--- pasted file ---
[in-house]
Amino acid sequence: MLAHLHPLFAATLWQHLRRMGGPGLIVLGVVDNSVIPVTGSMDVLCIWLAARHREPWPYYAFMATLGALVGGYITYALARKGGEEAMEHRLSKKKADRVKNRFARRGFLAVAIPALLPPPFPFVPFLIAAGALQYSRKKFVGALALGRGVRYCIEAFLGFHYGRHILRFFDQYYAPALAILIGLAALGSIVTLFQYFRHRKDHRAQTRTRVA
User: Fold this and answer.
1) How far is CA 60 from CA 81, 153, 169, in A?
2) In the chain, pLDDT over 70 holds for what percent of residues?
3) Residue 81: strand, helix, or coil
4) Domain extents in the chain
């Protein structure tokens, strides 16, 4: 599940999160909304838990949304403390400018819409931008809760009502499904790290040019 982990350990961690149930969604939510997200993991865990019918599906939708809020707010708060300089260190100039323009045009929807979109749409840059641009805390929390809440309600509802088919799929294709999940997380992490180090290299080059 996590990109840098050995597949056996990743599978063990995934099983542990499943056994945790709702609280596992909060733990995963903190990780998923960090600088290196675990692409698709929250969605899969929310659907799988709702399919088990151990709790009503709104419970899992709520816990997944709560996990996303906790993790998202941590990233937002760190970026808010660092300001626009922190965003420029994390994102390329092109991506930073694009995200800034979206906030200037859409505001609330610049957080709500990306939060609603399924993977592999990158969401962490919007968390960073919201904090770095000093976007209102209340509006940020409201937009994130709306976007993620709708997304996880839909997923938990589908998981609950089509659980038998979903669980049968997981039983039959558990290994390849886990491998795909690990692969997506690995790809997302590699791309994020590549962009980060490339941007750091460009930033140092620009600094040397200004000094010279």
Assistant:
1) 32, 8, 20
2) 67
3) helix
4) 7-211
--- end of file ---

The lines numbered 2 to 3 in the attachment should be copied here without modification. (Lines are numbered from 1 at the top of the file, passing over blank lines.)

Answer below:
Amino acid sequence: MLAHLHPLFAATLWQHLRRMGGPGLIVLGVVDNSVIPVTGSMDVLCIWLAARHREPWPYYAFMATLGALVGGYITYALARKGGEEAMEHRLSKKKADRVKNRFARRGFLAVAIPALLPPPFPFVPFLIAAGALQYSRKKFVGALALGRGVRYCIEAFLGFHYGRHILRFFDQYYAPALAILIGLAALGSIVTLFQYFRHRKDHRAQTRTRVA
User: Fold this and answer.